Alibi V.23 No.7 • Feb 13-19, 2014 

Sonic Reducer

The next generation of classically trained musicians is comfortable with tradition even as they fearlessly embrace the avant-garde. An example of this can be heard and seen every Sunday—right here in Burque—at Chatter. Given a global perspective, this new approach to classicism with an edge can be heard in recent recordings by composer Nils Frahm. Recognized as an up-and-coming pianist whose chops glisten memorably during performances, Frahm’s latest album finds him venturing into ambient, rock and pop tropes. Released via Erased Tapes, Spaces is a mesmerizing excursion through deeply intertwined channels of sound—alternately expansive and contained—without becoming frantic or overwrought. Frahm approached this work as an experimentalist and refers to it as a field recording, a documentation of performance; this factor adds to the compelling nature of his compositions.

When I was a stringer at the Journal in high school, the features editor got on my ass about using the word “behemoth” in a story I was writing. The dude thought it was way too heavy. I forget what word I used instead, but it turns out he was right. “Behemoth” is a massive word. And it’s a damn rocking word. And it was the obvious choice for Polish death metal rocker Adam “Nergal” Darski when coming up with a band name. Behemoth’s new smashed-up and authentically dark album, The Satanist, is the band’s definitive statement on the raging chaos of the world and the individual battle against the maelstrom. After listening to this blistering collection, it’s impossible to forget that Nergal beat leukemia in 2011. The vast rage at work here is transmitted via Darski’s disquieting vocals and frenetic guitar attacks and through a rhythm section that’s heavier than plutonium.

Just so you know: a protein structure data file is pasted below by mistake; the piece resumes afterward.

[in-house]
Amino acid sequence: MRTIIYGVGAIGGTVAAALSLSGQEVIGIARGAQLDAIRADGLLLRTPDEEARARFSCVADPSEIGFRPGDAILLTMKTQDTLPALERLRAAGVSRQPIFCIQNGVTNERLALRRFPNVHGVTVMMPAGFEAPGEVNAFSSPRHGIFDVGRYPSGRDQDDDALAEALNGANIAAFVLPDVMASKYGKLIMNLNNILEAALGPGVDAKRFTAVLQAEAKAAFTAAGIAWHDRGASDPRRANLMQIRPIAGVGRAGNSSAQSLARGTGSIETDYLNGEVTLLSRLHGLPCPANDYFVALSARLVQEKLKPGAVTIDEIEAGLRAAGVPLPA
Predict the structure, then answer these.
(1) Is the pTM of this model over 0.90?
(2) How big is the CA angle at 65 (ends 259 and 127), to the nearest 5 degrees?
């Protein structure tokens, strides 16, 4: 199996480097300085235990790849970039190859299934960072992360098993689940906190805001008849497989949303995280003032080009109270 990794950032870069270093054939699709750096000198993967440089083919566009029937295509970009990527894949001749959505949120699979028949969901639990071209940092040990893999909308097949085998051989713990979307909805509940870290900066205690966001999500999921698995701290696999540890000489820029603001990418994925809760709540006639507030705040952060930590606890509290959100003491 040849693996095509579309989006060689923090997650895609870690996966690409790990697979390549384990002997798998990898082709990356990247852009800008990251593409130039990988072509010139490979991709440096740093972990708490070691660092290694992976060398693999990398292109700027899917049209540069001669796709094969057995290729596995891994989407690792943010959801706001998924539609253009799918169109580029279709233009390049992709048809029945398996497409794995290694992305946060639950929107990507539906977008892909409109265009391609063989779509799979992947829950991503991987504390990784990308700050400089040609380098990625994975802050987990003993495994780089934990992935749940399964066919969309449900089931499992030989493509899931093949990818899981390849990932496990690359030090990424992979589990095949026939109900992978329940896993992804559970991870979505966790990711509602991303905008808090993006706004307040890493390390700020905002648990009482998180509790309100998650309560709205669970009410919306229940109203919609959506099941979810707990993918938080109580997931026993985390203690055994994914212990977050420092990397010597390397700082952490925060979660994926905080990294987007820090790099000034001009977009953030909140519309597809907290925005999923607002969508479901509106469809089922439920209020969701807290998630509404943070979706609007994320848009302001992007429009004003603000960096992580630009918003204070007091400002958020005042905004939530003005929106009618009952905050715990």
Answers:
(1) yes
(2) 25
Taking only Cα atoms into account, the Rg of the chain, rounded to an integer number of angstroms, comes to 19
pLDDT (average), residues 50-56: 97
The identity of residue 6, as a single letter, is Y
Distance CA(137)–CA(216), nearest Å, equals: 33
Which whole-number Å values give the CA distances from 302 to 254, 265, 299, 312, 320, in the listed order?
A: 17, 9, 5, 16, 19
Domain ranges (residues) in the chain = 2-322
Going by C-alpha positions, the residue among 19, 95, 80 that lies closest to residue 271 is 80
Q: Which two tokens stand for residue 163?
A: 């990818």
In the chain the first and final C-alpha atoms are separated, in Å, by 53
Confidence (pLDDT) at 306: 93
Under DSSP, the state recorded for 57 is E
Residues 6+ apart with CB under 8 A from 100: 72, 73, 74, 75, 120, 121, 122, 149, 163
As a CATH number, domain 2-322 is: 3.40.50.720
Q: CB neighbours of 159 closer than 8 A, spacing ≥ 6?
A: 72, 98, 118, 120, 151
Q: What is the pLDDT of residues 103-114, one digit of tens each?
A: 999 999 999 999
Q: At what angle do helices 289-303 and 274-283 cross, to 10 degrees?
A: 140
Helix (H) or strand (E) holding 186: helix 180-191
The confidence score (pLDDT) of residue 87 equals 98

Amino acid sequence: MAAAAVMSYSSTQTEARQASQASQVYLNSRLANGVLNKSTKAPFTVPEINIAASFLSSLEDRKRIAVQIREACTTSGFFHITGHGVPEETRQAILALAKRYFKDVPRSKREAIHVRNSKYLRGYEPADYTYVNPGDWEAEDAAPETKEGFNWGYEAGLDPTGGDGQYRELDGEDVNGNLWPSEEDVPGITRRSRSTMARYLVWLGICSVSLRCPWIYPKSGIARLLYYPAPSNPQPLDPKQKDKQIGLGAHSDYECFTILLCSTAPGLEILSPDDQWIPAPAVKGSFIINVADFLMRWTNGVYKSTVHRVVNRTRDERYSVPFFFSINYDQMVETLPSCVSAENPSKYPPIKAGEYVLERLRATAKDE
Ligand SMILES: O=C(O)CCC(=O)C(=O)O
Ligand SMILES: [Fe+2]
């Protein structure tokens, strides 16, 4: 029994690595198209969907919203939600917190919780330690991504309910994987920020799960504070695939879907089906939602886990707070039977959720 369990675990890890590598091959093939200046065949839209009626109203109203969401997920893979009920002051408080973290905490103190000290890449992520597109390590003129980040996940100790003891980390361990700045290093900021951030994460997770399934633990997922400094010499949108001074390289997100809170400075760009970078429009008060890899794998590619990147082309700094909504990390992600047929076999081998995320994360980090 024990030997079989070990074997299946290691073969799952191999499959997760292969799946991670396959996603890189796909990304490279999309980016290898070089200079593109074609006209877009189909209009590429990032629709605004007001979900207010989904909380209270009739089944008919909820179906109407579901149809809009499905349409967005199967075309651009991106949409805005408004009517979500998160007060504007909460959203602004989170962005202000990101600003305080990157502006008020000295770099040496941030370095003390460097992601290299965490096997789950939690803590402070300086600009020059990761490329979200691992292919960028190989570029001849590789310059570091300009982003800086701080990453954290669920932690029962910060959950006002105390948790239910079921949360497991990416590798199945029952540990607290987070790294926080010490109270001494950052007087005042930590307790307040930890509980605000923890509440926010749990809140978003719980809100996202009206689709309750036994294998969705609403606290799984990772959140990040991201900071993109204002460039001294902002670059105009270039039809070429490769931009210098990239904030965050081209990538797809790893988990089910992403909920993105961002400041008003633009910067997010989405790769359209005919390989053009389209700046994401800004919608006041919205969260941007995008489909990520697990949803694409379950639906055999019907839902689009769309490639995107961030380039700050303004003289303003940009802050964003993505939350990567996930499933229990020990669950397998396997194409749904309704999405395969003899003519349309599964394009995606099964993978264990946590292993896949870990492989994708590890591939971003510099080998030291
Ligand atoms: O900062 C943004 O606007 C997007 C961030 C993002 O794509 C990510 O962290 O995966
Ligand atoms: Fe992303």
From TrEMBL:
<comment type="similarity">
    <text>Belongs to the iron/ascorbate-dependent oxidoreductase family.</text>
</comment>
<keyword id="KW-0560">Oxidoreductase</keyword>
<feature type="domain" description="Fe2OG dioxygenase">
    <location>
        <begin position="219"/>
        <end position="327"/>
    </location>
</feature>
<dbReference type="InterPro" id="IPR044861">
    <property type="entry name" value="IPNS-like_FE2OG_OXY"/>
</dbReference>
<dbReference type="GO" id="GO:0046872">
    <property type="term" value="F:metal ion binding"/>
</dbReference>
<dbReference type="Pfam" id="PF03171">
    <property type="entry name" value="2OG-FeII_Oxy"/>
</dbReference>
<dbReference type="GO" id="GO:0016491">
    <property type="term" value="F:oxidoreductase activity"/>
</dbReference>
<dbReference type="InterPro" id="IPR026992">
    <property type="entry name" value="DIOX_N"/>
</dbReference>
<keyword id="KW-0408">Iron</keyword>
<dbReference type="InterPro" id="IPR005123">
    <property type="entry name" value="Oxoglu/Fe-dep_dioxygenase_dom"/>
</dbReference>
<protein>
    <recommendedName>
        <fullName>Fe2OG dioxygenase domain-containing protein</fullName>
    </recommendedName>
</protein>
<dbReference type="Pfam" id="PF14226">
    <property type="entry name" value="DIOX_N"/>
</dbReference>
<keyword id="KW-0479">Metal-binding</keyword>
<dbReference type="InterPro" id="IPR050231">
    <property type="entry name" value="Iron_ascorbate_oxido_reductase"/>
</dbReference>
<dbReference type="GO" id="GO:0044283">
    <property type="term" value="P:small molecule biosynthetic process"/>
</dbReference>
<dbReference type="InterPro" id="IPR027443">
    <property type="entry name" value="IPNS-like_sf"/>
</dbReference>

CYMBALS The Age of Fracture (Fat Possum)

Post-Britpop outfit CYMBALS take a noticeable turn toward synthpop on their third record, The Age of Fracture. Notably this title originates from a book about how things in the late 20th century became uncertain and unhinged. Jack Cleverly and company make use of this heavy lifting device to craft a collection of tunes that is brightly danceable yet introspective. CYMBALS embrace synthy directionality with abandon. Just a hint of Joy Division or early Cure wavers and swirls though compositions like “Erosion,” while songs like “Empty Space” have a much more urban, dance-club vibe. Either way the theme is alienation and the crumbling postmodern world, but listeners here are wryly reminded that it is perfectly fine—and perhaps even advisable—to dance into the apocalypse.